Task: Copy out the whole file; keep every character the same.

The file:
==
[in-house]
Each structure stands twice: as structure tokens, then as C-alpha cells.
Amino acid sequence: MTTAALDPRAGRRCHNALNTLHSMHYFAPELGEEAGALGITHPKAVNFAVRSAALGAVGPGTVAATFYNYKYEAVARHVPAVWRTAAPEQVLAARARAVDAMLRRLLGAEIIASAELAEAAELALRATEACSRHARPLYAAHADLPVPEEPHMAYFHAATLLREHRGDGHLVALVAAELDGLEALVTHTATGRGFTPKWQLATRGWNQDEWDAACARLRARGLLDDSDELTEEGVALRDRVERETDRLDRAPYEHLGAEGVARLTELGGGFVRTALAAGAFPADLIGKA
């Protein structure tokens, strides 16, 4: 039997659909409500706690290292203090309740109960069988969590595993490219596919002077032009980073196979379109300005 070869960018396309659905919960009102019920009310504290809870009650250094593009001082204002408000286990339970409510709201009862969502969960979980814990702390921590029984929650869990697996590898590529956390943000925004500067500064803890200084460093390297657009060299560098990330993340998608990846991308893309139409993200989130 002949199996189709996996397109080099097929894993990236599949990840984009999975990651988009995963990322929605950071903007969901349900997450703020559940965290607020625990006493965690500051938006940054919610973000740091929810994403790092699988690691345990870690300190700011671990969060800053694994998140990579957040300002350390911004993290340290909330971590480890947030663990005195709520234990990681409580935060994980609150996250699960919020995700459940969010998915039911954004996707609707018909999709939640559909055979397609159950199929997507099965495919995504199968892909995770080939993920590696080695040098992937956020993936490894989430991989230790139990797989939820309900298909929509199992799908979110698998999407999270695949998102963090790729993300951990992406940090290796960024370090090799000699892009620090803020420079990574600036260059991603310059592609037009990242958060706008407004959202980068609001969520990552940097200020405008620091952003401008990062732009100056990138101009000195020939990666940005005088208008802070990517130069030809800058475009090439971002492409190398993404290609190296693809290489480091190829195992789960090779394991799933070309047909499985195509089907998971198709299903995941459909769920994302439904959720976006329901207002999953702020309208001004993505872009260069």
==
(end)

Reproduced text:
[in-house]
Each structure stands twice: as structure tokens, then as C-alpha cells.
Amino acid sequence: MTTAALDPRAGRRCHNALNTLHSMHYFAPELGEEAGALGITHPKAVNFAVRSAALGAVGPGTVAATFYNYKYEAVARHVPAVWRTAAPEQVLAARARAVDAMLRRLLGAEIIASAELAEAAELALRATEACSRHARPLYAAHADLPVPEEPHMAYFHAATLLREHRGDGHLVALVAAELDGLEALVTHTATGRGFTPKWQLATRGWNQDEWDAACARLRARGLLDDSDELTEEGVALRDRVERETDRLDRAPYEHLGAEGVARLTELGGGFVRTALAAGAFPADLIGKA
């Protein structure tokens, strides 16, 4: 039997659909409500706690290292203090309740109960069988969590595993490219596919002077032009980073196979379109300005 070869960018396309659905919960009102019920009310504290809870009650250094593009001082204002408000286990339970409510709201009862969502969960979980814990702390921590029984929650869990697996590898590529956390943000925004500067500064803890200084460093390297657009060299560098990330993340998608990846991308893309139409993200989130 002949199996189709996996397109080099097929894993990236599949990840984009999975990651988009995963990322929605950071903007969901349900997450703020559940965290607020625990006493965690500051938006940054919610973000740091929810994403790092699988690691345990870690300190700011671990969060800053694994998140990579957040300002350390911004993290340290909330971590480890947030663990005195709520234990990681409580935060994980609150996250699960919020995700459940969010998915039911954004996707609707018909999709939640559909055979397609159950199929997507099965495919995504199968892909995770080939993920590696080695040098992937956020993936490894989430991989230790139990797989939820309900298909929509199992799908979110698998999407999270695949998102963090790729993300951990992406940090290796960024370090090799000699892009620090803020420079990574600036260059991603310059592609037009990242958060706008407004959202980068609001969520990552940097200020405008620091952003401008990062732009100056990138101009000195020939990666940005005088208008802070990517130069030809800058475009090439971002492409190398993404290609190296693809290489480091190829195992789960090779394991799933070309047909499985195509089907998971198709299903995941459909769920994302439904959720976006329901207002999953702020309208001004993505872009260069």